Its turkey lurky time

CQU VC Scott Bowman will lead a staff charity walk Sunday. The university advises he will take the First Turkey Track. That’s the name of the path not one of the VC’s titles.

There’s more in the The Mail

in Features this morning, David Myton  talks to Kerri-Lee Krause and Marcia Devlin about a new push towards gender equity across the sector.


Research excellence evaluators announced

The Australian Research Council has appointed chairs of the eight research evaluation committees, “who will perform a key role in the 2018 round of Excellence for Research in Australia.”

But not as key as the chairs for ERA 15. This year ERA research publication measures share the stage with the new impact narratives and while there was never a bunch of money attached to ERA this year unis are in it for the glory alone, (CMM November 1 2017).

The chairs are:

Rose Amal, UNSW: engineering and environmental sciences

Hugh Barrett, UWA: medical and health sciences

Brenda Cherednichenko, Deakin U: education and human society

David Green, Monash U: maths and ICT

Eleanor Mackie: UniMelb: biological and biotechnical sciences

Flavio Menezes, UoQ: econmics and commerce

John O’Connor, UniNewcaste:, physical, chemical and earth scieces

Graeme Turner, UoQ: humanities and creative arts

Ask your barista if the reflectometer is working

In CMM yesterday it was capitalism and coffee in Melbourne today it is science, with La Trobe U researchers explaining processes of “extracting soluble flavour compounds” from roasted and ground beans. If your reflectometer detects 1.37 disolved solids, you are in good shape coffee wise. And there was CMM still checking to see if there were 43 beans in every cup.

Arts about argument at Monash U

Students at Monash U have complained for weeks about teaching in the Arts Faculty, claiming sessional staff are going and tutorials expanding in numbers (CMM March 16). The university’s response is that there are no cuts to the faculty budget, which doesn’t exactly rebut the student claim. And now there are more queries of the official line, with the National Tertiary Education Union getting involved. Union officials will brief staff on what management says on Monday.

The shape of marking disputes to come

Hamish Coates suggests a $1bn bill for marking student work means it must be done better and at a lower cost. But this will be easier announced than arranged (CMM yesterday). He’s right, demonstrated by a disagreement between management and the National Tertiary Education Union at the University of the Sunshine Coast over time allotted to casual staff for marking assignments.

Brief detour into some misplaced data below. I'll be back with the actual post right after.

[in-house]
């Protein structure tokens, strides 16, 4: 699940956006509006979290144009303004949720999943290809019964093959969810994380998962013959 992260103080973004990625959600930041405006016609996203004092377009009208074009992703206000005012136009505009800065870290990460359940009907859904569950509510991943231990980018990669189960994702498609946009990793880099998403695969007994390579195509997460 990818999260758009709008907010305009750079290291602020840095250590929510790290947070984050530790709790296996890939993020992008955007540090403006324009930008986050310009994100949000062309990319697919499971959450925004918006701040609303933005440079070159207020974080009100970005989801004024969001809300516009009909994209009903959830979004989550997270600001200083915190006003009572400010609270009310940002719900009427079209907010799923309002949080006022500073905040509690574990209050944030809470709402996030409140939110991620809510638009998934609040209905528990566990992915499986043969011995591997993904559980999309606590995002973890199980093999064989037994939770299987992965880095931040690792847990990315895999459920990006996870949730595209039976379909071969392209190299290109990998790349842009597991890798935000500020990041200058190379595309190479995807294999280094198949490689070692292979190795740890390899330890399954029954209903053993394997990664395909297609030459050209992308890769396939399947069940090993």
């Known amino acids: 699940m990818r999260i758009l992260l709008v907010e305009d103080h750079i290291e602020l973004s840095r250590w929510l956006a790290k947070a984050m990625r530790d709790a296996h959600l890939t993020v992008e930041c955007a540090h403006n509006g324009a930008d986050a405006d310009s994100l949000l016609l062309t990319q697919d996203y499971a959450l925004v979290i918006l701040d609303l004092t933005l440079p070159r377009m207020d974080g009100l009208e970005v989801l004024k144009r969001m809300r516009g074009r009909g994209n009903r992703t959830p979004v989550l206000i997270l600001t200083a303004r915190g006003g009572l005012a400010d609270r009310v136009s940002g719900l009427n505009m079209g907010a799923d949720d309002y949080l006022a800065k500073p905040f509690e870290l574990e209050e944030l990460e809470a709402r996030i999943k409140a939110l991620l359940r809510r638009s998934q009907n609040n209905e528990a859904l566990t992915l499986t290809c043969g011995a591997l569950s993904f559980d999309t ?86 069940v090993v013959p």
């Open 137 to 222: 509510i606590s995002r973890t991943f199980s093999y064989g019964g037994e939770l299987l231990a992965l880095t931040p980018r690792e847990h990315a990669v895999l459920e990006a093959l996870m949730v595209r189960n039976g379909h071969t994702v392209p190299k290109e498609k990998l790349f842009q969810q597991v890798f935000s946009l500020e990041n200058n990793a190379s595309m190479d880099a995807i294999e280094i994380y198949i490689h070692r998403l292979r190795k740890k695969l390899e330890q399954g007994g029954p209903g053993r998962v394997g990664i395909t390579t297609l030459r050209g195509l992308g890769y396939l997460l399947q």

“Research produced at USC shows that feedback on assessment is a student’s most important marking tool. … The time it takes to produce quality feedback is necessary, perhaps more so in the social sciences, as this allows us to ensure that students can be assessed on their knowledge effectively,” the union’s Kelly Chambers tells head of social sciences Ken Greenwood.

“The changes will compromise the student experience and USC’s much-marketed ‘five-star teaching’ rate, Mr Chambers adds.

Great American novel(ist)

Happy are ANU readers of great American novels because Jennifer (A Visit from the Goon Squad, Manhattan Beach) Egan speaks there on May 9.

It’s not over for the ATAR

The ATAR is not what it was. Last year university lobbies and government advisory bodies worked hard to end the way it was used and abused to make university entry opaque and status-bound. They did a pretty good job with a range of rules and reforms rolling out now. But yesterday CMM reported a new Mitchell Institute analysis detailing practical problems and philosophical failings with the entry score scheme. It generated enough attention for Universities Australia to reiterate it’s established position.

“The national data shows very clearly that an ATAR has become less important as a path to an offer as our universities have developed a broader set of assessment tools. What is not often well understood is that there are now a number of pathways into university,” UA chief Belinda Robinson said.

It could mean that ATAR attention increasing yesterday was something of a dead cat bounce. But it probably doesn’t, at least if the federal government’s new cap on places continues. If that happens universities will need a way to ration entry into courses, like, um the ATAR.

ANU’s Schmidt speaks up for academic freedom, at ANU

Comments from a student who is critical of the government’s asylum seeker policy were dropped from ANU marketing collateral (Emily Baker in the Canberra Times had the story. Which led VC Brian Schmidt to intervene.

ANU prides itself on the principle of academic freedom and I am always proud to see our students standing up for issues they feel strongly about. I am disappointed this happened and everybody has learned from it,” the VC tweeted from his official account last night. To which the ANU College of Law twitter account added. “We made a poor call not publishing a student’s comments in a marketing booklet. We’ve learned from it. We encourage students to speak out on issues they feel are important.”

It could be said a little more loudly than via Twitter, but at least it is said.

Remind you of anything? It reminds CMM of an incident at Murdoch U where a manager chipped an academic for tweeting a photo of students supporting asylum seekers in 2016 because it was political. Acting VC Andrew Taggart backed the students, being photographed wth them and their protesting placard (CMM March 4 2016).

Good that Schmidt and Taggart acted, bit of a worry they had to.